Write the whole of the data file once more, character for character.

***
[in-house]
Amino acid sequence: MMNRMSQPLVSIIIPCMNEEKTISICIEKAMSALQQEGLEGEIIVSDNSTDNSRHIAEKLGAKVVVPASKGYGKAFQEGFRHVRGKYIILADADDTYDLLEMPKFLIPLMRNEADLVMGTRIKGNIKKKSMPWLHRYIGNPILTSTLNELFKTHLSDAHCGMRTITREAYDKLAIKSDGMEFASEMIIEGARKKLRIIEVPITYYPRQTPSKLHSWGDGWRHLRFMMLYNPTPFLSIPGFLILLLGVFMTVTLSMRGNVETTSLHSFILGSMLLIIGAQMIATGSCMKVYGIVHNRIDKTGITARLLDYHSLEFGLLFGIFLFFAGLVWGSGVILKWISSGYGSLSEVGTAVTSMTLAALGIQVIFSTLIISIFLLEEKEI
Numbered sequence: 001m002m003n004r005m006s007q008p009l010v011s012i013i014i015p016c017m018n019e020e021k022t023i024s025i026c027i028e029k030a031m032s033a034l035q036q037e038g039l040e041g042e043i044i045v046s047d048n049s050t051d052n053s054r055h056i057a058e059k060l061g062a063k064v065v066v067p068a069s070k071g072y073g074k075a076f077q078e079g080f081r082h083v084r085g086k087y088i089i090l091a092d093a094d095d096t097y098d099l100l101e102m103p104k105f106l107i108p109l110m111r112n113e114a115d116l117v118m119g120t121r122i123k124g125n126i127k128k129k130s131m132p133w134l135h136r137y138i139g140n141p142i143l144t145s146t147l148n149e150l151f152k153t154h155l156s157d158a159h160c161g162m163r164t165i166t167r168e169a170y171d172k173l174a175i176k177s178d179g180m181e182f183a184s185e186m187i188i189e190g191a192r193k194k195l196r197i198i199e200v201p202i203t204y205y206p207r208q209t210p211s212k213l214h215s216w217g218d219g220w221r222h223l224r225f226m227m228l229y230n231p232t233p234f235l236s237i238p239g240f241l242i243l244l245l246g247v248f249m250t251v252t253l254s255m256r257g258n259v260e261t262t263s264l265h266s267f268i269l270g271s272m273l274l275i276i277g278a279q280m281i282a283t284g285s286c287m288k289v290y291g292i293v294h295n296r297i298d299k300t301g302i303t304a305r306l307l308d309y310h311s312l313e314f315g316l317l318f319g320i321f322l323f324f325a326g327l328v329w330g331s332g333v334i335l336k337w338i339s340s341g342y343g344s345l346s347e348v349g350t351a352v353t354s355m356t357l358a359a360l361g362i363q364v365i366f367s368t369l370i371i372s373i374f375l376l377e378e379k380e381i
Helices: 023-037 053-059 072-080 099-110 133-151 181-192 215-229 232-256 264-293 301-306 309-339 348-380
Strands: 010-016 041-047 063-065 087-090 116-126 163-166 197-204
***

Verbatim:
[in-house]
Amino acid sequence: MMNRMSQPLVSIIIPCMNEEKTISICIEKAMSALQQEGLEGEIIVSDNSTDNSRHIAEKLGAKVVVPASKGYGKAFQEGFRHVRGKYIILADADDTYDLLEMPKFLIPLMRNEADLVMGTRIKGNIKKKSMPWLHRYIGNPILTSTLNELFKTHLSDAHCGMRTITREAYDKLAIKSDGMEFASEMIIEGARKKLRIIEVPITYYPRQTPSKLHSWGDGWRHLRFMMLYNPTPFLSIPGFLILLLGVFMTVTLSMRGNVETTSLHSFILGSMLLIIGAQMIATGSCMKVYGIVHNRIDKTGITARLLDYHSLEFGLLFGIFLFFAGLVWGSGVILKWISSGYGSLSEVGTAVTSMTLAALGIQVIFSTLIISIFLLEEKEI
Numbered sequence: 001m002m003n004r005m006s007q008p009l010v011s012i013i014i015p016c017m018n019e020e021k022t023i024s025i026c027i028e029k030a031m032s033a034l035q036q037e038g039l040e041g042e043i044i045v046s047d048n049s050t051d052n053s054r055h056i057a058e059k060l061g062a063k064v065v066v067p068a069s070k071g072y073g074k075a076f077q078e079g080f081r082h083v084r085g086k087y088i089i090l091a092d093a094d095d096t097y098d099l100l101e102m103p104k105f106l107i108p109l110m111r112n113e114a115d116l117v118m119g120t121r122i123k124g125n126i127k128k129k130s131m132p133w134l135h136r137y138i139g140n141p142i143l144t145s146t147l148n149e150l151f152k153t154h155l156s157d158a159h160c161g162m163r164t165i166t167r168e169a170y171d172k173l174a175i176k177s178d179g180m181e182f183a184s185e186m187i188i189e190g191a192r193k194k195l196r197i198i199e200v201p202i203t204y205y206p207r208q209t210p211s212k213l214h215s216w217g218d219g220w221r222h223l224r225f226m227m228l229y230n231p232t233p234f235l236s237i238p239g240f241l242i243l244l245l246g247v248f249m250t251v252t253l254s255m256r257g258n259v260e261t262t263s264l265h266s267f268i269l270g271s272m273l274l275i276i277g278a279q280m281i282a283t284g285s286c287m288k289v290y291g292i293v294h295n296r297i298d299k300t301g302i303t304a305r306l307l308d309y310h311s312l313e314f315g316l317l318f319g320i321f322l323f324f325a326g327l328v329w330g331s332g333v334i335l336k337w338i339s340s341g342y343g344s345l346s347e348v349g350t351a352v353t354s355m356t357l358a359a360l361g362i363q364v365i366f367s368t369l370i371i372s373i374f375l376l377e378e379k380e381i
Helices: 023-037 053-059 072-080 099-110 133-151 181-192 215-229 232-256 264-293 301-306 309-339 348-380
Strands: 010-016 041-047 063-065 087-090 116-126 163-166 197-204